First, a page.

Tips & Tricks

Double Decreases Across Repeats

The February Mitten features an all over leaf lace pattern worked in the round. In order to work the pattern seamlessly, there are centered double decreases that utilize stitches at the beginning and end of the round. This tutorial shows how to process the central double decrease (CDD) while still maintaining proper stitch count and maintaining a seamless pattern.

Two items of note:
1 / There are 3 grey “no-stitch” squares at the left edge of the charts. These spaces represent the stitches that will be used by the CDD, which is why they are not worked at the end of the round. The spaces are essentially place holders, and if you see a no stitch box, you should interpret them as “do nothing”.

2 / Normally the locking stitch marker is placed before the first stitch of the round. However, since we’re using DPNs for this tutorial, the stitch marker is placed after the first stitch so it doesn’t fall off during knitting.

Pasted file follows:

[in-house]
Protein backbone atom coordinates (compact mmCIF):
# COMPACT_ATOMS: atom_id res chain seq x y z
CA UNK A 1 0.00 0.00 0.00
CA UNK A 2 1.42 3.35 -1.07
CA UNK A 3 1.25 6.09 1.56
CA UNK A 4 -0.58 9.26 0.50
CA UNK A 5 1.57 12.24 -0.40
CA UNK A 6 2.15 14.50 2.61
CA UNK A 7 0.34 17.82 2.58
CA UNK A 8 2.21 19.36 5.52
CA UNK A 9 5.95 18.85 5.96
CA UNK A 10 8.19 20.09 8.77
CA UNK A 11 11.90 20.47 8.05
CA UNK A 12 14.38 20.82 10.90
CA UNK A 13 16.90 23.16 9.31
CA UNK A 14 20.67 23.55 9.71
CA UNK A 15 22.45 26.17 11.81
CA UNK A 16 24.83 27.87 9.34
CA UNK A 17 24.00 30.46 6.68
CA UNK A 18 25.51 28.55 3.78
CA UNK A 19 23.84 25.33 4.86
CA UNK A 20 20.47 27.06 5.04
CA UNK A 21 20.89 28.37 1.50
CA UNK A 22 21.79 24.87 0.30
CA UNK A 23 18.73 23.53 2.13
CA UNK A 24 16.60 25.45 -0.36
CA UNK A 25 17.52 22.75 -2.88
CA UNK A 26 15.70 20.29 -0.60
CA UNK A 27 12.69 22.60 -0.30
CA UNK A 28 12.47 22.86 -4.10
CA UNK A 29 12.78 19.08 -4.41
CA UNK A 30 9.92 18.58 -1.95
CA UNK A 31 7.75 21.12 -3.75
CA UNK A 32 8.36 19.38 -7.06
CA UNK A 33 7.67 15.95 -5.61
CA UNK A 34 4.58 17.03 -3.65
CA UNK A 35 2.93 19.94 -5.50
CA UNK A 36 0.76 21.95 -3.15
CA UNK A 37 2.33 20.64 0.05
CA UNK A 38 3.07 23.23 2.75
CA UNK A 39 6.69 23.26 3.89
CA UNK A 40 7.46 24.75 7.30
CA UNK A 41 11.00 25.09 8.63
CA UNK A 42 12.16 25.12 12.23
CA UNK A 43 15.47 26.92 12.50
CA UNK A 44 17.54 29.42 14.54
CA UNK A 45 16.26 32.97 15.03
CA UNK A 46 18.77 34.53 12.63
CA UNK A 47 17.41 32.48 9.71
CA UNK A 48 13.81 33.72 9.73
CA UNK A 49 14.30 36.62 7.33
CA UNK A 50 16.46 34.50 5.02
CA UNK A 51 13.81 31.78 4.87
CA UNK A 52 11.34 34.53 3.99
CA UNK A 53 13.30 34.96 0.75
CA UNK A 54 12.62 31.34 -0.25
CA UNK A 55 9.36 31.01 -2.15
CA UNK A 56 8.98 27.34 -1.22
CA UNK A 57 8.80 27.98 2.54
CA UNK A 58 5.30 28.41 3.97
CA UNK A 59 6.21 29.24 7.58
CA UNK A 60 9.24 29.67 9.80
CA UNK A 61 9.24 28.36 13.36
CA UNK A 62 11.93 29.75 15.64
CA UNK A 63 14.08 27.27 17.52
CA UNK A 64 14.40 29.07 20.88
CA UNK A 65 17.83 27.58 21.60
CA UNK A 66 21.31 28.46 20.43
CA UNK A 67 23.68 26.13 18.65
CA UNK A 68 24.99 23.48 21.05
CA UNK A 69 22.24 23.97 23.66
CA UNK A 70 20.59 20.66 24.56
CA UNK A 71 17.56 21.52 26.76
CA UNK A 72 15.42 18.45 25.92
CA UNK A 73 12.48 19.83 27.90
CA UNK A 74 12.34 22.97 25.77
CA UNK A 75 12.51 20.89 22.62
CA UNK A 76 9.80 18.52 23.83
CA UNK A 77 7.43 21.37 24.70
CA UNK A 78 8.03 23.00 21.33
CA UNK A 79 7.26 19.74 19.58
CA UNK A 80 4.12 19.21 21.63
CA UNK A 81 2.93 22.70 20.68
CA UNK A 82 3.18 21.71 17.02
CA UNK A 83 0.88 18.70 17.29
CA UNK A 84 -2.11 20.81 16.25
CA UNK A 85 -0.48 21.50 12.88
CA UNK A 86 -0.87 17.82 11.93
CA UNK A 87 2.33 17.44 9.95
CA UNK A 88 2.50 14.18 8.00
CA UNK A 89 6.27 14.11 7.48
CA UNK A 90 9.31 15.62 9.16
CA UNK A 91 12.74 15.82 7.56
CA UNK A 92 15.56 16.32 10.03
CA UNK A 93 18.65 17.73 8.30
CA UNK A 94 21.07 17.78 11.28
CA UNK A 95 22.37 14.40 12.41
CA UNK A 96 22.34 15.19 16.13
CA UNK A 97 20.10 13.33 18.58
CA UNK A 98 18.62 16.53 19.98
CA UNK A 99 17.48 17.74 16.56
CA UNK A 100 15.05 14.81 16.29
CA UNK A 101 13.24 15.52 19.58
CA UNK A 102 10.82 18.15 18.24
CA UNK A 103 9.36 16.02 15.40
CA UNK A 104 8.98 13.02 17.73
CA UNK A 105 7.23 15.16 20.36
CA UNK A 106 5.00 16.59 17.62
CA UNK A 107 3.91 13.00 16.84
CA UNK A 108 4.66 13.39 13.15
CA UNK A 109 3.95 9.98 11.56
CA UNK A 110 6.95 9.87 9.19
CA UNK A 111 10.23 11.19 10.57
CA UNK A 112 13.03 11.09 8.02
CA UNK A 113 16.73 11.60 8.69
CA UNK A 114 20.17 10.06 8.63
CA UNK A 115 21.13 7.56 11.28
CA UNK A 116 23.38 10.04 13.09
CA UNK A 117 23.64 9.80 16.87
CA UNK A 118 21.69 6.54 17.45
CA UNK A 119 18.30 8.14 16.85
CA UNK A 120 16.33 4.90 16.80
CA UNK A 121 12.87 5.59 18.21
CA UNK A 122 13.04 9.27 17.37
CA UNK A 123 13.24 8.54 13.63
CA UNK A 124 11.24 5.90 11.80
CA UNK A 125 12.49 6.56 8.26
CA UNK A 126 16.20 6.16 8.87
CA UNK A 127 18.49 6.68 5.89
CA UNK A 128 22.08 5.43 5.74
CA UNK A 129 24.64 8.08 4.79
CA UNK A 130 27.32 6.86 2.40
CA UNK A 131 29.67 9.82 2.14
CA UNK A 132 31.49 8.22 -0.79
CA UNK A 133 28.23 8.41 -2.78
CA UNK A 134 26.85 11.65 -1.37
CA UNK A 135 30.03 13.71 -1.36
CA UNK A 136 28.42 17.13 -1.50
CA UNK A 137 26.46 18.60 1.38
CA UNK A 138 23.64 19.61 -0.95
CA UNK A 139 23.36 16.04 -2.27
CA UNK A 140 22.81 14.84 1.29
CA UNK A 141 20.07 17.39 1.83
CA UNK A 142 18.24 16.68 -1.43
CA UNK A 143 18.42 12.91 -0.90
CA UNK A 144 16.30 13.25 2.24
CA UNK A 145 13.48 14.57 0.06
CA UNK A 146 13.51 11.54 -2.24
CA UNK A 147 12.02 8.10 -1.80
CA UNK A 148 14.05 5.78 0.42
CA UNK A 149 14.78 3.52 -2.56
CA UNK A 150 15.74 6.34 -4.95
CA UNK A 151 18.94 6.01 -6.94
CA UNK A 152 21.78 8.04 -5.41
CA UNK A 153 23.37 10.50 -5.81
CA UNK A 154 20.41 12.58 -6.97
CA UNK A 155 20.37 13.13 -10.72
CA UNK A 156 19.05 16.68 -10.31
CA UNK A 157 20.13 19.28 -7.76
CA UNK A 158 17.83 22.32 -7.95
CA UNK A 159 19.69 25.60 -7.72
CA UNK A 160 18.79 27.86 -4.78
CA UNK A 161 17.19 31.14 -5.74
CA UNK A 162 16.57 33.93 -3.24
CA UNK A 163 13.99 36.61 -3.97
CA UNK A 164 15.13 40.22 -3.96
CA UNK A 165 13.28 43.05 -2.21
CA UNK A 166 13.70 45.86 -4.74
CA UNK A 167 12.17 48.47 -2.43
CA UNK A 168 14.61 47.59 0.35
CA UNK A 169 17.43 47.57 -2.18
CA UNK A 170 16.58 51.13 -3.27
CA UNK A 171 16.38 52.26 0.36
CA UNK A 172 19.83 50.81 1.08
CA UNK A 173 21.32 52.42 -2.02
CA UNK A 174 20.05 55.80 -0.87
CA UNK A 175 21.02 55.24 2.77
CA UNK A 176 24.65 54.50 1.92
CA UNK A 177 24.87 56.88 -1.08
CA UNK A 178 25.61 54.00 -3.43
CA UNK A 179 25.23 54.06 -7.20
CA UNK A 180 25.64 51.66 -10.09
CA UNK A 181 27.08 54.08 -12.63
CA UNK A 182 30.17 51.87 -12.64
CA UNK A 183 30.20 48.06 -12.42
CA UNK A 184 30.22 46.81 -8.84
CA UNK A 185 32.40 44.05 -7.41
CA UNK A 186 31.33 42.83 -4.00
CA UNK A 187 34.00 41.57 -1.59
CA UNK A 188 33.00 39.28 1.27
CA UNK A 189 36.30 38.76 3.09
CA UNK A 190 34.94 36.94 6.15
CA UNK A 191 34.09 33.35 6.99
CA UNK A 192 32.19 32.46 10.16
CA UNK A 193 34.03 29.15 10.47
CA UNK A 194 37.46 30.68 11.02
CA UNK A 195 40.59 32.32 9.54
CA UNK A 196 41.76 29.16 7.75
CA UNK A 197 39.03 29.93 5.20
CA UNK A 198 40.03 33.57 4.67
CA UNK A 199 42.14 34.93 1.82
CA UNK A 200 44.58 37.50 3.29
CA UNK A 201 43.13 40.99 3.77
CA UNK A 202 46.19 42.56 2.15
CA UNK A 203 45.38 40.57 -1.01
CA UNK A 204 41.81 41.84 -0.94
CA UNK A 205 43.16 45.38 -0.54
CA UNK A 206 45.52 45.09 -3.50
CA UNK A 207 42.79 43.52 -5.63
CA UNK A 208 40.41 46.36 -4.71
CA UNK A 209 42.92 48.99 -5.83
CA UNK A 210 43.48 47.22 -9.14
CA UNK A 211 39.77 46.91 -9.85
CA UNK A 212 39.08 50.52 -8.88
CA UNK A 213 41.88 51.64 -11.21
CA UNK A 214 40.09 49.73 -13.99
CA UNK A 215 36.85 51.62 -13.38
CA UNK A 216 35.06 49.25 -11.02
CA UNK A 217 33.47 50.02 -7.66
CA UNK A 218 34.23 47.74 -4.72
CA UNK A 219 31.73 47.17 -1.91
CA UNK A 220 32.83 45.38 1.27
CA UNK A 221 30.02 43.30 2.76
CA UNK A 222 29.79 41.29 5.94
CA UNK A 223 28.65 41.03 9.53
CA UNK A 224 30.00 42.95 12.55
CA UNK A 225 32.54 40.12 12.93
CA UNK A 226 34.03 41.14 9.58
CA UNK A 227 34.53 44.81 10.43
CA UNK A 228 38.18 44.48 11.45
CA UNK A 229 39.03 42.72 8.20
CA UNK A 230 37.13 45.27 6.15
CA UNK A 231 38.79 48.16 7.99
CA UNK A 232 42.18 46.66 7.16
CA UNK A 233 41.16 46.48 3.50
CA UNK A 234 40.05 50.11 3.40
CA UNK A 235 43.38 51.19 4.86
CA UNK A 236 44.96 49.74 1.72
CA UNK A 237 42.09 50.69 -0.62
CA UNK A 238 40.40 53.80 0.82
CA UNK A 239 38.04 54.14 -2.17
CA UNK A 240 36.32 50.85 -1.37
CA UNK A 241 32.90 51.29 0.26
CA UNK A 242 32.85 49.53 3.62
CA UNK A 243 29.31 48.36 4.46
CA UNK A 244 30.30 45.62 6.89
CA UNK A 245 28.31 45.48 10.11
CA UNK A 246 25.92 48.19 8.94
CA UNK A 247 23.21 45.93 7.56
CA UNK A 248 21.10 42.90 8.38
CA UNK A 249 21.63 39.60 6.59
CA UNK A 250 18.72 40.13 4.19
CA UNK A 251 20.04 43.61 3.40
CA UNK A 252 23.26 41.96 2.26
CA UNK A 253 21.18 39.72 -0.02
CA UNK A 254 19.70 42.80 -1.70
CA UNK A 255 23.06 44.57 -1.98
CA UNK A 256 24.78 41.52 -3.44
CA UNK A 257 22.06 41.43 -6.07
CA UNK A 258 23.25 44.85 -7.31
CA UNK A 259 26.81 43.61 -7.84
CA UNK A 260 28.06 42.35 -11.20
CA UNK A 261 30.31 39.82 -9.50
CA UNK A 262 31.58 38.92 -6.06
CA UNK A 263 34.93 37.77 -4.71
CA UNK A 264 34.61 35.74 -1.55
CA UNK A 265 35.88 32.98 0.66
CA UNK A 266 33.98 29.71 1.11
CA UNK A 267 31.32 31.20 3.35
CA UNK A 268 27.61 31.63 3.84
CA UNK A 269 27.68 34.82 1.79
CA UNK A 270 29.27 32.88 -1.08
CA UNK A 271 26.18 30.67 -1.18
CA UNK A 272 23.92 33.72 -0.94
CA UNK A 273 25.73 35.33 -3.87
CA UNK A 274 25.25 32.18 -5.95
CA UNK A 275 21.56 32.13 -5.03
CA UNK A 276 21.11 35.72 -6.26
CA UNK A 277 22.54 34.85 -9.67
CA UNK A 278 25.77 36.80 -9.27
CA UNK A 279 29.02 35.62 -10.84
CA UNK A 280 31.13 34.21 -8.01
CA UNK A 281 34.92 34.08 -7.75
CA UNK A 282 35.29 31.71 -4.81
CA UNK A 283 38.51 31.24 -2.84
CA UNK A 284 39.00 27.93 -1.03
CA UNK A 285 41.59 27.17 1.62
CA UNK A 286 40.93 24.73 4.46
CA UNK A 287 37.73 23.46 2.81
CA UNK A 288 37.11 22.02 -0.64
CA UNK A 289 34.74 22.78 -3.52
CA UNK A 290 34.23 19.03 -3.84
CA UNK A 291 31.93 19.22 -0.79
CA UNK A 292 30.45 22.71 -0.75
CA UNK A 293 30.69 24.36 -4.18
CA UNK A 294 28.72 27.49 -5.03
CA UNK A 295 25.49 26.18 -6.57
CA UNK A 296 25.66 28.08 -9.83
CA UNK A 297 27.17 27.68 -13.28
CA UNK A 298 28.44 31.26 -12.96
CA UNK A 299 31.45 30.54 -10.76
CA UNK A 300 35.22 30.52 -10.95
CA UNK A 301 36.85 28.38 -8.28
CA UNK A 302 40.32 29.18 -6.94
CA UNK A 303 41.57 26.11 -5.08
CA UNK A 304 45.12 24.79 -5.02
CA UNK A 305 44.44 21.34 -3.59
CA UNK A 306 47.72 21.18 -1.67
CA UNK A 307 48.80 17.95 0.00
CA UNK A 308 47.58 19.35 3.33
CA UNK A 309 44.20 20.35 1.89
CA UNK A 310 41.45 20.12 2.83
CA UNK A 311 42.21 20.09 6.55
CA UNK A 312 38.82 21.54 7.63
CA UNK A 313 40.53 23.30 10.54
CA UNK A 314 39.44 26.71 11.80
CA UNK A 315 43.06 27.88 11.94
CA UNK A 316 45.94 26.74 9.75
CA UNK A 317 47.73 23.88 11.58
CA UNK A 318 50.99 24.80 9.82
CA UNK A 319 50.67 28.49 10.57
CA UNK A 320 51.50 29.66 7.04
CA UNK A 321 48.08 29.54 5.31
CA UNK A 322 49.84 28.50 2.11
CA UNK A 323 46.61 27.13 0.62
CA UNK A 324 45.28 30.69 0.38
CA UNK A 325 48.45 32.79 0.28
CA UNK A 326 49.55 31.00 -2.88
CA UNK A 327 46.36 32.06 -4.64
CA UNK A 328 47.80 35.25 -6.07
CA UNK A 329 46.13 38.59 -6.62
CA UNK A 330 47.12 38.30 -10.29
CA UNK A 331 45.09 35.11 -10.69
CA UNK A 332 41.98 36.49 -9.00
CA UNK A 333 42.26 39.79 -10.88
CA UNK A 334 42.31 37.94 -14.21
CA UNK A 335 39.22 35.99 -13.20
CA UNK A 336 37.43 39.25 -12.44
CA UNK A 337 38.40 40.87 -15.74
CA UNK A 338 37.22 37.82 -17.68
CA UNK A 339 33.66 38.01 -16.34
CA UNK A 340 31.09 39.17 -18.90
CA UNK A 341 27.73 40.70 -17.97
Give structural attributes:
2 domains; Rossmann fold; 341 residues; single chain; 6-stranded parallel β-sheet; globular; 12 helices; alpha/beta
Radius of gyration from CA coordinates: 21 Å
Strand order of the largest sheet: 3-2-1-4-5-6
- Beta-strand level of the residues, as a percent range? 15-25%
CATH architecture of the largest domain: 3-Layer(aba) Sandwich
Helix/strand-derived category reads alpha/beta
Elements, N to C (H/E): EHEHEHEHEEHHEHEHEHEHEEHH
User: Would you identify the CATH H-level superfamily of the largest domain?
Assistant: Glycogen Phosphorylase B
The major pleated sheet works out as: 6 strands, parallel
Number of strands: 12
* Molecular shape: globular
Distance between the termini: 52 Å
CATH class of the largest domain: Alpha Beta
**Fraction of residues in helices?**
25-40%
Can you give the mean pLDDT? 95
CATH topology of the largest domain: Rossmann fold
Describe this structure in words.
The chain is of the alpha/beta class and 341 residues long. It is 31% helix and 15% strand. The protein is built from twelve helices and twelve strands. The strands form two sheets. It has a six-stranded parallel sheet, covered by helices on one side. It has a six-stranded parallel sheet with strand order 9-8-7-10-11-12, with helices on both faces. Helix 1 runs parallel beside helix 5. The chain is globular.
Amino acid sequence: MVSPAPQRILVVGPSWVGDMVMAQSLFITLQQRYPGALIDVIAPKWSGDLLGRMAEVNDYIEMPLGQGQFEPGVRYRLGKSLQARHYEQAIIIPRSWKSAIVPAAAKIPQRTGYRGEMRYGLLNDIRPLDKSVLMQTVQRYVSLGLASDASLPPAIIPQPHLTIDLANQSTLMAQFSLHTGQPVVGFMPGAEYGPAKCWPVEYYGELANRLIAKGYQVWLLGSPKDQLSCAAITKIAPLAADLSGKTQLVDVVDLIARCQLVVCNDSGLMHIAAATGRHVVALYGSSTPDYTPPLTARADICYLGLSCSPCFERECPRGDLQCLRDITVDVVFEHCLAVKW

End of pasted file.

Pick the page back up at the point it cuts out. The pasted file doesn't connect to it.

SET UP / Work the round before the double decrease to the end. Two stitches remain unworked at the end of the round (these are the two stitches represented by the “no stitch” boxes).

STEP 1 / Insert the RH needle into the first 2 stitches on LH needle as if to knit, slip the 2 stitches onto the RH needle. If you are using DPNs and your LH working needle is now empty, set it aside until the decrease has been processed.

STEP 2 / Insert the RH needle into next stitch on LH needle, just before the stitch marker, and knit the stitch.

STEP 3a / Insert the LH needle into the two slipped stitches on the RH needle.

STEP 3b / Pass the 2 stitches over the recently knitted stitch on the RH needle. One centered double decrease has been completed.

STEP 4 / If you put down the spare DPN, pick it back up and transfer the completed decrease onto it. The decrease is the first stitch of the round.

That’s it! You’re ready to continue on with the round.